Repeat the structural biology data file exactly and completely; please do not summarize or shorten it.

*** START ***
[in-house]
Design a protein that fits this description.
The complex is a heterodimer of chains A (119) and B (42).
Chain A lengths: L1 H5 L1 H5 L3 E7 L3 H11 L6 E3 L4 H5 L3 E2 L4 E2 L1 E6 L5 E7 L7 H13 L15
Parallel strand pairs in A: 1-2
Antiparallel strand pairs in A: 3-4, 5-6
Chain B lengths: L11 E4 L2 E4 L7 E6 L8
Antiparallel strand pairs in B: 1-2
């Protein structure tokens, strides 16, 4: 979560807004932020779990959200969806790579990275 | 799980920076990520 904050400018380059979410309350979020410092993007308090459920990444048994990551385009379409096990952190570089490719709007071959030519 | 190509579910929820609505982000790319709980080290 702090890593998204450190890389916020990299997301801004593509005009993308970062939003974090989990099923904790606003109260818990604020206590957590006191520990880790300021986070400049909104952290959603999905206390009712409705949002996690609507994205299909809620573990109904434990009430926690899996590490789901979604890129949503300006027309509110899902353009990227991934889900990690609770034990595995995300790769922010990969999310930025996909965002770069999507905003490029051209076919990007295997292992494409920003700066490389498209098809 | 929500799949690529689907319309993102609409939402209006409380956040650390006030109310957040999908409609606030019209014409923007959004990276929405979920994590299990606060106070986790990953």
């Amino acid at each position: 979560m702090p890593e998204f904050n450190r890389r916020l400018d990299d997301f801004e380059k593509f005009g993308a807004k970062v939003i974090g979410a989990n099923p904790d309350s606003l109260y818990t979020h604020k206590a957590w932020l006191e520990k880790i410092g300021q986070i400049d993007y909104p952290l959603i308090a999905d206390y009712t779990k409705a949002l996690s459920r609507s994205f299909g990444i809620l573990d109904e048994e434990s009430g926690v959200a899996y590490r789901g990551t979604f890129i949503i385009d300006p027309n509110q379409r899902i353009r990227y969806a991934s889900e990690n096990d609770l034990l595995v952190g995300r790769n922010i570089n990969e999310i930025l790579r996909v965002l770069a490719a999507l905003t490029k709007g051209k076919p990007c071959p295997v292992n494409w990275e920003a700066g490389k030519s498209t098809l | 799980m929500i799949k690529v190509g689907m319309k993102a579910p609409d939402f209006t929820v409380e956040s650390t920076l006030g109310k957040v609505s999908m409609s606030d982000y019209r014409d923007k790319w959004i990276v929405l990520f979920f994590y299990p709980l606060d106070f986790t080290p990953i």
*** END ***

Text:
[in-house]
Design a protein that fits this description.
The complex is a heterodimer of chains A (119) and B (42).
Chain A lengths: L1 H5 L1 H5 L3 E7 L3 H11 L6 E3 L4 H5 L3 E2 L4 E2 L1 E6 L5 E7 L7 H13 L15
Parallel strand pairs in A: 1-2
Antiparallel strand pairs in A: 3-4, 5-6
Chain B lengths: L11 E4 L2 E4 L7 E6 L8
Antiparallel strand pairs in B: 1-2
């Protein structure tokens, strides 16, 4: 979560807004932020779990959200969806790579990275 | 799980920076990520 904050400018380059979410309350979020410092993007308090459920990444048994990551385009379409096990952190570089490719709007071959030519 | 190509579910929820609505982000790319709980080290 702090890593998204450190890389916020990299997301801004593509005009993308970062939003974090989990099923904790606003109260818990604020206590957590006191520990880790300021986070400049909104952290959603999905206390009712409705949002996690609507994205299909809620573990109904434990009430926690899996590490789901979604890129949503300006027309509110899902353009990227991934889900990690609770034990595995995300790769922010990969999310930025996909965002770069999507905003490029051209076919990007295997292992494409920003700066490389498209098809 | 929500799949690529689907319309993102609409939402209006409380956040650390006030109310957040999908409609606030019209014409923007959004990276929405979920994590299990606060106070986790990953």
């Amino acid at each position: 979560m702090p890593e998204f904050n450190r890389r916020l400018d990299d997301f801004e380059k593509f005009g993308a807004k970062v939003i974090g979410a989990n099923p904790d309350s606003l109260y818990t979020h604020k206590a957590w932020l006191e520990k880790i410092g300021q986070i400049d993007y909104p952290l959603i308090a999905d206390y009712t779990k409705a949002l996690s459920r609507s994205f299909g990444i809620l573990d109904e048994e434990s009430g926690v959200a899996y590490r789901g990551t979604f890129i949503i385009d300006p027309n509110q379409r899902i353009r990227y969806a991934s889900e990690n096990d609770l034990l595995v952190g995300r790769n922010i570089n990969e999310i930025l790579r996909v965002l770069a490719a999507l905003t490029k709007g051209k076919p990007c071959p295997v292992n494409w990275e920003a700066g490389k030519s498209t098809l | 799980m929500i799949k690529v190509g689907m319309k993102a579910p609409d939402f209006t929820v409380e956040s650390t920076l006030g109310k957040v609505s999908m409609s606030d982000y019209r014409d923007k790319w959004i990276v929405l990520f979920f994590y299990p709980l606060d106070f986790t080290p990953i």